Changes to Independent Contractor Requirements Take Hold In California

Changes to Independent Contractor Requirements Take Hold In California
This is the second in a three-part series brought to you by CoreMark Insurance Services, Inc to address a few of the major changes facing California employers in 2020. If you missed our first installment, you can read it here.

The so-called “gig-economy” has made ever-lasting waves in the California employment landscape, and the full effects of these changes are still yet to be seen.  In September of this year, Governor Gavin Newsom signed Assembly Bill 5, also known as AB-5, that codifies the “ABC Test” first seen in the Dynamex Supreme Court case. The new law puts a much stricter standard in place for which workers can be classified as independent contractors, and many industries are still scrambling to find solutions as the new law takes effect January 1st, 2020.

What is the ABC Test?

As of January 1, 2020, to be classified as an independent contractor, one must meet all of the three requirements below:

  1. The worker is free from control or direction from the hiring individual or company.
  2. The worker is providing a service that is outside the hiring entity’s normal scope of business.
  3. The worker is customarily engaged in an independently established trade.

While some industries were given exemptions under the new bill, many industries are particularly struggling with meeting the second bullet point. The previous test for establishing independent contractor status, called the Borello test, included a number of factors regarding the contractor being free from control, but did not require them to be outside the business’ normal scope of business.

While the task of reconstructing the California workforce seems daunting, there are a few steps you can take to ensure compliance.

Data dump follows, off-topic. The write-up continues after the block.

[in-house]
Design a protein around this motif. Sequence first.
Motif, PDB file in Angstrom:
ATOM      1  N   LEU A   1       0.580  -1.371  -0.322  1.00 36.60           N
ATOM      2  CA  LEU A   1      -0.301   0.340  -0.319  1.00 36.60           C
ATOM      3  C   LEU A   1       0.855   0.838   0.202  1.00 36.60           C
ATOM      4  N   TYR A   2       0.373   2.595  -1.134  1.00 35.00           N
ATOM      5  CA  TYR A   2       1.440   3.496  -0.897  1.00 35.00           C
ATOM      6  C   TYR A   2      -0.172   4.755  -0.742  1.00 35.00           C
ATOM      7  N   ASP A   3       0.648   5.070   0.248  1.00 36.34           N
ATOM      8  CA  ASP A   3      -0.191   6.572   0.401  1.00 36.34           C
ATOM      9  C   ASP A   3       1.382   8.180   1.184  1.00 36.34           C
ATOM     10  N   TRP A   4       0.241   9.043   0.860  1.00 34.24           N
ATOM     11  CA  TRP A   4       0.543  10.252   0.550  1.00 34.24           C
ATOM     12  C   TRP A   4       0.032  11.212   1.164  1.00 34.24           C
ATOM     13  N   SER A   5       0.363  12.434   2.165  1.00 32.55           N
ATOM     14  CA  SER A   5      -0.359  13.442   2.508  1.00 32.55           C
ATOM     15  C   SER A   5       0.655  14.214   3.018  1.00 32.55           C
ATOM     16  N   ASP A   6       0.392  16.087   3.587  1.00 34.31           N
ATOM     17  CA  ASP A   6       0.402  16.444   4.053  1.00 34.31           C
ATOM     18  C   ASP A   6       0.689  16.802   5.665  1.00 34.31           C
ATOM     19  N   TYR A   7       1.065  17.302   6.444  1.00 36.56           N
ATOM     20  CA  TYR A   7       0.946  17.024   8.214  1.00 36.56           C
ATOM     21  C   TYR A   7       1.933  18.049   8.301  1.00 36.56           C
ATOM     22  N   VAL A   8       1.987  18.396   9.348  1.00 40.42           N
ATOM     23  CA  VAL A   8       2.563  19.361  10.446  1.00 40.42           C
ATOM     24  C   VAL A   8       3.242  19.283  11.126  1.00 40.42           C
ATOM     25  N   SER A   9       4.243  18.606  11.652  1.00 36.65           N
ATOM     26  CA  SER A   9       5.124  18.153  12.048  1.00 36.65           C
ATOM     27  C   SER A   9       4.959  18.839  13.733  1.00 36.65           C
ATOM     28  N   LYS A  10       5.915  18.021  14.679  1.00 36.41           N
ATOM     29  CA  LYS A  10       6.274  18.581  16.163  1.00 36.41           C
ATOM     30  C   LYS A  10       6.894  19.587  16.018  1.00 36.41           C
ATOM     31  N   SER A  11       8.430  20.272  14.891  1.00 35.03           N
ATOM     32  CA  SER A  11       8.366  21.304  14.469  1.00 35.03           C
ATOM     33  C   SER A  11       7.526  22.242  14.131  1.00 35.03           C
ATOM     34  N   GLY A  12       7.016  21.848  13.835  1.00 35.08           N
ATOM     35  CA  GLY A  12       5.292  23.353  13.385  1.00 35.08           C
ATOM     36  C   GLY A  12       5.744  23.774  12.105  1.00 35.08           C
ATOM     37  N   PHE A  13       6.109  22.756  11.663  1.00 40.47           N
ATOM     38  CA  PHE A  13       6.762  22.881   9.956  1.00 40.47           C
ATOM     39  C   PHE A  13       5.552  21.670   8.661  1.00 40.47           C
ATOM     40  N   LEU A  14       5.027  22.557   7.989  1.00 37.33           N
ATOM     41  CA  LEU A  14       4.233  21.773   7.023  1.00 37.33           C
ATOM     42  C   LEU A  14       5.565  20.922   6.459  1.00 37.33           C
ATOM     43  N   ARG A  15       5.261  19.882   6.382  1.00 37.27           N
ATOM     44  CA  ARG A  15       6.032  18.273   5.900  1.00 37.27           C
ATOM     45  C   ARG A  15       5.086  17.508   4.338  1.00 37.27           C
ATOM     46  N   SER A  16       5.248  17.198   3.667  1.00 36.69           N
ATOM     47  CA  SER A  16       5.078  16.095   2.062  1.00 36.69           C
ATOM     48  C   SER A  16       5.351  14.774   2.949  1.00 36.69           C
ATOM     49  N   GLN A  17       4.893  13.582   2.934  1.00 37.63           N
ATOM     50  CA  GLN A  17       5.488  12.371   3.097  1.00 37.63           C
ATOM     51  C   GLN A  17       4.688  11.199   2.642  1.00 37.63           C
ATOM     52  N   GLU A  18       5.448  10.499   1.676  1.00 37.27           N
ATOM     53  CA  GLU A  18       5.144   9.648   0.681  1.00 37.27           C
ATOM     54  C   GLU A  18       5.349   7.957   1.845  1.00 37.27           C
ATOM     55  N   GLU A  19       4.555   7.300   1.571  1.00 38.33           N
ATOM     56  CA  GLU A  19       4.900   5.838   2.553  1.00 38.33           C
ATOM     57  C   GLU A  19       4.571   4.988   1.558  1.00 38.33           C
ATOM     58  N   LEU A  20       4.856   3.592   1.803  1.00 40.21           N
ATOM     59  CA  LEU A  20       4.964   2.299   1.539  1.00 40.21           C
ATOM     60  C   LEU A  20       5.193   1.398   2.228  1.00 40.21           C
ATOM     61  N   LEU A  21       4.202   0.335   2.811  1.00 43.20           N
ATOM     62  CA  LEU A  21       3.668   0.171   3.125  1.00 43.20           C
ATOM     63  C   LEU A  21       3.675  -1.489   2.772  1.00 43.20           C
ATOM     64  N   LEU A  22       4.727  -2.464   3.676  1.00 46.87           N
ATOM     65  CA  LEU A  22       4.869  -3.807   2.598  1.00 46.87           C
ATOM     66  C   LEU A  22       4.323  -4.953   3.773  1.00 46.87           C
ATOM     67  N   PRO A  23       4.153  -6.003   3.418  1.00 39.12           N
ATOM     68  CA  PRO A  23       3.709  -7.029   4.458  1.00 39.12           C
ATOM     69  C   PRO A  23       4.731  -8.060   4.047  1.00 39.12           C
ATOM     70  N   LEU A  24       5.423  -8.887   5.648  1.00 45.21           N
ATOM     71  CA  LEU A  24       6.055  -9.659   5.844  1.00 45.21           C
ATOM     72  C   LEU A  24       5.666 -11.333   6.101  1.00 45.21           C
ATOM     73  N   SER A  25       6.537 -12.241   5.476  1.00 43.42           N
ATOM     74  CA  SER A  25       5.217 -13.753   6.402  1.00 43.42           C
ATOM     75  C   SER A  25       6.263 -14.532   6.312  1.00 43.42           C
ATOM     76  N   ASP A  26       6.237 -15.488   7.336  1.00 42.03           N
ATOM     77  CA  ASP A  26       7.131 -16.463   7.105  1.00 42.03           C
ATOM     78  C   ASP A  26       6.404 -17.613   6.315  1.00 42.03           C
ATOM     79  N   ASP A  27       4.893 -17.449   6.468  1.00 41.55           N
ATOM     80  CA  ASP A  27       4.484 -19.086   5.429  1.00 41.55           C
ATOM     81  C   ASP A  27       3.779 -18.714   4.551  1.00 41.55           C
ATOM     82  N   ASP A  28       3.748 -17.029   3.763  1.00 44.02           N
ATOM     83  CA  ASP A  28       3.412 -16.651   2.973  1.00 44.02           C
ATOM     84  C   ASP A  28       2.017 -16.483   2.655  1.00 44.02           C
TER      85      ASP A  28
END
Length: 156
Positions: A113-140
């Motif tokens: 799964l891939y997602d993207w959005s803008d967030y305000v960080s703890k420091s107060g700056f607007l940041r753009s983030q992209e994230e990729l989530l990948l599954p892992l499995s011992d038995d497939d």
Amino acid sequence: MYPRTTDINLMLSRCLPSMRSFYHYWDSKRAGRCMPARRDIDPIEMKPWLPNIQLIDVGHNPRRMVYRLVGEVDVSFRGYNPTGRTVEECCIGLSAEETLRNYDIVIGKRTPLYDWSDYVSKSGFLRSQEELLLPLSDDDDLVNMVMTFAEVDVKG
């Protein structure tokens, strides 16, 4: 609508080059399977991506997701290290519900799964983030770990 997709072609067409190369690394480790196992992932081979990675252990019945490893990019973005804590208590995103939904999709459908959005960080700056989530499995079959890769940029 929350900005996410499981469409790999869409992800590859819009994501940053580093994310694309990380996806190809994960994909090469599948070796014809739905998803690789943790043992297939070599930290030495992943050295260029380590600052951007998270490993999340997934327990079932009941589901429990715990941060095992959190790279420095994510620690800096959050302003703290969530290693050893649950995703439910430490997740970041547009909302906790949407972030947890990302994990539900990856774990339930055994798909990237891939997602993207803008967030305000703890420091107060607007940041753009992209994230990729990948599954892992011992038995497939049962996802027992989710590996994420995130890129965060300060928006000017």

Does AB-5 Apply to My Business?

A number of industries lobbied to be exempt from the rules of AB-5, and the final version of the bill left over 50 types of businesses exempt. Many include professionals such as doctors, dentists, lawyers, insurance agents, and more.

There are also specific exemptions for business-to-business contractors and referral agencies that meet specific requirements.  You can read the full list of exempted businesses here.

Any businesses classified as exempt under AB-5 are still required to have their independent contractors pass the Borello test and are only exempt from the stricter standards of the ABC test.

If you don’t meet one of the exemptions, you’ll need to take steps to get your operations in line with the new rules.

Know the Ab-5 Deadlines

The new regulation states that any independent contractor deemed an employee as defined by AB-5 should be converted to an employee by January 1st, 2020, but of course, it’s not quite that simple.

For example, what does this change mean for your workers’ compensation reporting and premium? Essentially, two rules will be in play for policies that are already in force prior to January 1st. A policy effective 10/1/19 would be subject to the Borello Test until 12/31/19, and then subject to AB-5 standards from 1/1/20 to expiration in October of 2020. Additionally, as of 1/1/20, the employment test per AB-5 will apply to all employment-related disputes except Workers’ Compensation claims.

Workers’ Compensation claims with an occurrence date on/after July 1st, 2020 will be subject to AB-5 for determination if the injured worker is an employee for coverage consideration.  Claims with an occurrence date prior to that will be subject to the prior Borello test.

Steps for AB-5 Compliance

Legal experts recommend that employers:

  • Perform a worker classification audit, and especially review all contracts with personnel.
  • Determine which benefits and protections should be provided to any workers who are reclassified from independent contractor to employee (think health insurance and other benefits).
  • Notify any state agencies about corrections and changes to a worker’s status.
  • Discuss with legal counsel whether they should now also include them as employees for the purposes of payroll taxes, workers’ compensation insurance, federal income tax withholding, FICA payment and withholding.

If you have questions, please reach out to your CoreMark agent for details.